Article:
A study released Wednesday found that, if built, the controversial PennEast Pipeline for fracked gas could contribute as much greenhouse gas pollution as 14 coal-fired power plants or 10 million passenger vehicles—some 49 million metric tons per year.
The analysis, conducted by Oil Change International, showed that federal regulators are poised to rubber-stamp the PennEast Pipeline based on a woefully inadequate climate review that ignores the significant impact of methane leaks and wrongly assumes that gas supplied by the project will replace coal.
The Federal Energy Regulatory Commission (FERC) is facing a growing backlash across the country over its routine approval of gas pipeline projects that endanger communities and the climate. Today's study comes on the heels of a federal court hearing in which a judge slammed FERC's shallow and dismissive review of the climate impact of the Sabal Trail gas pipeline in the Southeast.
The new analysis counters FERC's final environmental impact statement for the PennEast project released in early April. It applies a methodology recently developed by Oil Change International to calculate the climate impact of gas pipelines from the Appalachian Basin. In contrast to FERC, the Oil Change methodology reflects the evolving analysis of methane leakage and the full lifecycle of pollution that pipelines cause from fracking well to smokestack.
"Our analysis shows that the PennEast Pipeline would cause a massive increase in climate pollution," said Lorne Stockman, lead author of the study and Oil Change International senior research analyst. "The only way FERC can conclude otherwise is by ignoring both science and economics. The PennEast pipeline is not needed, communities don't want it and it will deepen reliance on fossil fuels that we can't afford to burn."
The PennEast Pipeline, backed by a consortium of gas companies, would run roughly 120 miles from northeastern Pennsylvania to Mercer County, New Jersey, carrying up to 1.1 billion cubic feet of gas per day. The New Jersey Rate Counsel has concluded that New Jersey consumers do not need the gas. The project is facing stiff opposition from landowners and community and environmental groups along its route.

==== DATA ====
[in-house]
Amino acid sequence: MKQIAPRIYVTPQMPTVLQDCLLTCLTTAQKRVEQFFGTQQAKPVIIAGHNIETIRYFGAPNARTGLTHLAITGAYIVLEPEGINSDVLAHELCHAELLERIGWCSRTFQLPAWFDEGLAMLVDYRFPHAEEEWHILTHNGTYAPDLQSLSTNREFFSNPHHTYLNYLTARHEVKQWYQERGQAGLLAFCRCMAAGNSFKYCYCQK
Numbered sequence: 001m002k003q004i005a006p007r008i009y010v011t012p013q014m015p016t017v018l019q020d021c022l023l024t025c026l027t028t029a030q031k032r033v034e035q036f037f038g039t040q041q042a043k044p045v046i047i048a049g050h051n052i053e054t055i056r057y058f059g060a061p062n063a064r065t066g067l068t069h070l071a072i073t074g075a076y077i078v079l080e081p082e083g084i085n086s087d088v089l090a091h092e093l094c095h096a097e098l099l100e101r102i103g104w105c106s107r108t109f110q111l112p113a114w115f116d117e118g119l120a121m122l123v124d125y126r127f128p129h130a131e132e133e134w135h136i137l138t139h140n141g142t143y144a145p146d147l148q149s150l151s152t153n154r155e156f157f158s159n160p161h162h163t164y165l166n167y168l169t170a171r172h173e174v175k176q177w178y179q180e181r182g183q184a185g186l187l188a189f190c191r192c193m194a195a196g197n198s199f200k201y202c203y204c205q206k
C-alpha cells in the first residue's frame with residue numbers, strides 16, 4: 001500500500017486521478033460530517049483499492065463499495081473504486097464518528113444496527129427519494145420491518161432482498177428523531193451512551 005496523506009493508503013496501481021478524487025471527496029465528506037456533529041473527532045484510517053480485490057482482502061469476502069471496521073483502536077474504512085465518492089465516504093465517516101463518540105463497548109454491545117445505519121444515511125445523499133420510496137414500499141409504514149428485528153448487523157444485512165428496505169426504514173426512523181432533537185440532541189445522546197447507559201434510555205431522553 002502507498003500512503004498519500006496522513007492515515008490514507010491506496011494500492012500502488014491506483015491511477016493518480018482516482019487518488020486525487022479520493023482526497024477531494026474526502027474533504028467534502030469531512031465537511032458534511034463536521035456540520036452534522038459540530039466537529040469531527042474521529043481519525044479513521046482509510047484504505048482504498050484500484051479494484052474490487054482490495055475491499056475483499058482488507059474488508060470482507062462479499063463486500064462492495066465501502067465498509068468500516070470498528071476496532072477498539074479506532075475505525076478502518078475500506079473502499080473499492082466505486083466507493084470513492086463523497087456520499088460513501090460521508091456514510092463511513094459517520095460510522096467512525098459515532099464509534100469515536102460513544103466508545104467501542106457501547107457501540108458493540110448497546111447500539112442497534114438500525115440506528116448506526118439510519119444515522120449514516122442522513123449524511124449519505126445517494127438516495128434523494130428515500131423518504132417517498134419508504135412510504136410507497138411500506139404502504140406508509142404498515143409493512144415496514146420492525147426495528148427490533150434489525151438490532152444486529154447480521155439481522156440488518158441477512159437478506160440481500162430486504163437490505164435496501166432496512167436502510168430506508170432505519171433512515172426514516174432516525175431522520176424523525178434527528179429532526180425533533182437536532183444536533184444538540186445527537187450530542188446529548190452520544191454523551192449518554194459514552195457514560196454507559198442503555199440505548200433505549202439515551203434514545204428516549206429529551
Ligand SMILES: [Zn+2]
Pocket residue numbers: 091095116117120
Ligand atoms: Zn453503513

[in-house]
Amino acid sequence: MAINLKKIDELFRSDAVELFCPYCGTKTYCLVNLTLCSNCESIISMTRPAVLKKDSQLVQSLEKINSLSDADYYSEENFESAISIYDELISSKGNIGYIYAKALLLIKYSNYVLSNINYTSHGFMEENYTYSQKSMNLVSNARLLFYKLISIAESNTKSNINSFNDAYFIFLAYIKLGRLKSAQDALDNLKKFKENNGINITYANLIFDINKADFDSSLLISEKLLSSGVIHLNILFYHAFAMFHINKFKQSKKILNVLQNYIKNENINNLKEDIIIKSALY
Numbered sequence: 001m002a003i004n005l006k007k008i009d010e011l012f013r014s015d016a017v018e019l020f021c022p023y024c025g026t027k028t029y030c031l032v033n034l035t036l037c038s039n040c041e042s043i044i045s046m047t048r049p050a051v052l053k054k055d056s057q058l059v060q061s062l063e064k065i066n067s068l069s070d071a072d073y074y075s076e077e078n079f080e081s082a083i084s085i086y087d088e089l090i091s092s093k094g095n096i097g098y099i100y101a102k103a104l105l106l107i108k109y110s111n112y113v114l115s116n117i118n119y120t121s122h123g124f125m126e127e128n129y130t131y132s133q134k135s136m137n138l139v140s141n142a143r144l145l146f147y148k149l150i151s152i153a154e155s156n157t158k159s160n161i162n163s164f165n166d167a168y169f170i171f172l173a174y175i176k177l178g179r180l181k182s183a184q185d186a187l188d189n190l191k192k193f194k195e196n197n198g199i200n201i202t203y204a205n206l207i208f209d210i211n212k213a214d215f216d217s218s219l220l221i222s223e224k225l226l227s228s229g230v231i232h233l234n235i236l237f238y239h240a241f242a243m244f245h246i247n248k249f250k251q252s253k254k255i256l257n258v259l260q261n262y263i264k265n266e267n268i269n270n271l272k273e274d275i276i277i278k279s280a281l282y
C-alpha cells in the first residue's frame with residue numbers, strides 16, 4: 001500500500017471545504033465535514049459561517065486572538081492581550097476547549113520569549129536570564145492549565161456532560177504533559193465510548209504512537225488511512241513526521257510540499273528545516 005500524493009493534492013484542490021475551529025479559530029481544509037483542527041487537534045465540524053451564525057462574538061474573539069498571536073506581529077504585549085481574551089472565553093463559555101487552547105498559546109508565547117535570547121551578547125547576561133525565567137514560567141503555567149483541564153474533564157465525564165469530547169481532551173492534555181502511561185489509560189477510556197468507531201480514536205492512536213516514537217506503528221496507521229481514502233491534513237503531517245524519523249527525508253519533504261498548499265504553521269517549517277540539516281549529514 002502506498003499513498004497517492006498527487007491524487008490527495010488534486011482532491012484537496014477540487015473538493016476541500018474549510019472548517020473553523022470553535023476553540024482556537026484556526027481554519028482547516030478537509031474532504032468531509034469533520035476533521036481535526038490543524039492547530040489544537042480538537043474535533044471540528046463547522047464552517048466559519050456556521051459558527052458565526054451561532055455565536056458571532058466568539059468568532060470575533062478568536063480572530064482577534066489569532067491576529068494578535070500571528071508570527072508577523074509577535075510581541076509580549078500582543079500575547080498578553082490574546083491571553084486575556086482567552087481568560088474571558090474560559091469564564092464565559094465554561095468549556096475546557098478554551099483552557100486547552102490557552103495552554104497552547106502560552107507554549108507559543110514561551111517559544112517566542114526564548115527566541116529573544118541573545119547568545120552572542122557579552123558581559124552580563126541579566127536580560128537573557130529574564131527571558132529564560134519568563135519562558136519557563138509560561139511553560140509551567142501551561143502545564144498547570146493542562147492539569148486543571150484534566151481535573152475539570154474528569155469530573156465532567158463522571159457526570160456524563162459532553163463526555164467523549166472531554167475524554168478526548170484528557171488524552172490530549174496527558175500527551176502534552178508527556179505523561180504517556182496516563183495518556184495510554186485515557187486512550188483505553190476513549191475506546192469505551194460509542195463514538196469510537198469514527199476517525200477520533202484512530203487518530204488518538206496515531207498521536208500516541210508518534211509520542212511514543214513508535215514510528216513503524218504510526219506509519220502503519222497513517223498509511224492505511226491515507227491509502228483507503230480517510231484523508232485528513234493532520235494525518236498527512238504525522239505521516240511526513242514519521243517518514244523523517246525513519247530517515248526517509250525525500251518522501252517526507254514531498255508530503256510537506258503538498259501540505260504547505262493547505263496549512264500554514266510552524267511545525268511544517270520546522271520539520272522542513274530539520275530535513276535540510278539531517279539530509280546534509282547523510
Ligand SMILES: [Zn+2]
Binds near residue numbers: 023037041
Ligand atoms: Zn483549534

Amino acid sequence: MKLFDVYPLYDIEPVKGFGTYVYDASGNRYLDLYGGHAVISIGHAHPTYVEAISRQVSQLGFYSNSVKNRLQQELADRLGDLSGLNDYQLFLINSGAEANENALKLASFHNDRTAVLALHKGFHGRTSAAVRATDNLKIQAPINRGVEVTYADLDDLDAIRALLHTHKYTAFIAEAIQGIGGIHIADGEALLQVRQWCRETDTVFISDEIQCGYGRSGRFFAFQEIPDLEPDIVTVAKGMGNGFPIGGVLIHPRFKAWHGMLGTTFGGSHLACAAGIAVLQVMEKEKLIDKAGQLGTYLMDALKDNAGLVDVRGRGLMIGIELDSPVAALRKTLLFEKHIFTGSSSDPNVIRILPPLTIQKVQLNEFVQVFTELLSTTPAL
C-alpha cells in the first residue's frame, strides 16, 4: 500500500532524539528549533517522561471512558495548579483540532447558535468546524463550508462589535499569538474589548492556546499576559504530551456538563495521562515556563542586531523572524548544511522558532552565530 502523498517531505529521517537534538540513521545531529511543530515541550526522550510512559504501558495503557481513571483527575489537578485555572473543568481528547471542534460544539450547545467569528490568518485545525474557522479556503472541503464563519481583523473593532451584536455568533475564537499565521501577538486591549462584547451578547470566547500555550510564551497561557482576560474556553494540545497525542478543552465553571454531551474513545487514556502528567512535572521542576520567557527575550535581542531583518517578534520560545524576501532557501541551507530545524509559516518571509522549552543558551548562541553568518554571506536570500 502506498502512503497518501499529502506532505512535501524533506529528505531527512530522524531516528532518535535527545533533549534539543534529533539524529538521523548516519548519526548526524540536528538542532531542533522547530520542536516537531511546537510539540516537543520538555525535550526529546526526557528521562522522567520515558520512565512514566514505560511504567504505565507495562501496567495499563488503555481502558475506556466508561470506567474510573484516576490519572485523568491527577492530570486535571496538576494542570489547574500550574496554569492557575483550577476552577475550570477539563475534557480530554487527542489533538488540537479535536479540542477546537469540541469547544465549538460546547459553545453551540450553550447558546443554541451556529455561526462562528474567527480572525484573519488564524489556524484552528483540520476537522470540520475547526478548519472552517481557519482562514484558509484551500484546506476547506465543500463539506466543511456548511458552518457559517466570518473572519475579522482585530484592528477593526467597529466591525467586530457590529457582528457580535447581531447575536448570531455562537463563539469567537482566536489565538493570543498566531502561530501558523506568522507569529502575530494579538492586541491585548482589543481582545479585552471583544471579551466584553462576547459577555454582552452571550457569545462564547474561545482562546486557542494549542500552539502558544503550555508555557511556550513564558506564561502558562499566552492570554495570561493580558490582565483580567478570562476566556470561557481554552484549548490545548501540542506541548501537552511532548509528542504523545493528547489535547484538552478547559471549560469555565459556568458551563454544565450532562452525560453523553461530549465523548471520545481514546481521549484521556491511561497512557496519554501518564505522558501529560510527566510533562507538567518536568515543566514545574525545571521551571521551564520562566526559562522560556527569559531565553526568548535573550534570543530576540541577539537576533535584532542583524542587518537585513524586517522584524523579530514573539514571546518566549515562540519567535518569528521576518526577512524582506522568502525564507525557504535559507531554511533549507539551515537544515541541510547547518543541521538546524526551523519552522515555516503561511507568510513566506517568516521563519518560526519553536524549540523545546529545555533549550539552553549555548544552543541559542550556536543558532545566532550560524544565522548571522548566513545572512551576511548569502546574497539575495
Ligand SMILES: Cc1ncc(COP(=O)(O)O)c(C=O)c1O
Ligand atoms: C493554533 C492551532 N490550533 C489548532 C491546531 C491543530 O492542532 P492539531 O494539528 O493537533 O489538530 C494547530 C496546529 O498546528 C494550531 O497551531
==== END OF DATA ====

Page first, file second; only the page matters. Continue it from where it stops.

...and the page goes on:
The Oil Change analysis found that the pipeline would be responsible for over 49 million metric tons of greenhouse gas emissions by adding up the pollution from gas extraction and processing, pipeline operation, gas combustion at power plants and methane leaked across the gas supply chain.
The study found three major faults in FERC's review:
• FERC fails to acknowledge that methane leakage makes gas as dirty or dirtier than coal, wiping out any potential benefits of switching from coal to gas;
• FERC ignores the market reality that new gas production is likely to compete directly with clean energy and energy efficiency, especially in New Jersey, which has already phased out coal-fired generation;
• FERC fails to count upstream emissions from fracking operations.
Advocates from the region reacted to the study with concern and reiterated their commitment to stopping the pipeline, which has yet to receive key permits from the New Jersey Department of Environmental Protection and the Delaware River Basin Commission:
"It is unseemly that the public and nonprofit organizations are having to invest time and money in doing the work FERC should be undertaking," said Maya van Rossum, the Delaware Riverkeeper. "This report demonstrates, yet again, that the PennEast pipeline will help push our nation and world over the climate change cliff. FERC is not only legally required to do the kind of analysis included in this report, but is morally responsible."
Tom Gilbert, campaign director for Rethink Energy NJ and NJ Conservation Foundation, agreed. "It cannot be ignored that New Jersey's greenhouse gas emissions are going up, not down, driven by increased emissions from gas-fired electric plants," he said.
"This report shows that the PennEast pipeline would only further move the state in the wrong direction by increasing carbon emissions and methane leaks, putting public health and safety at risk."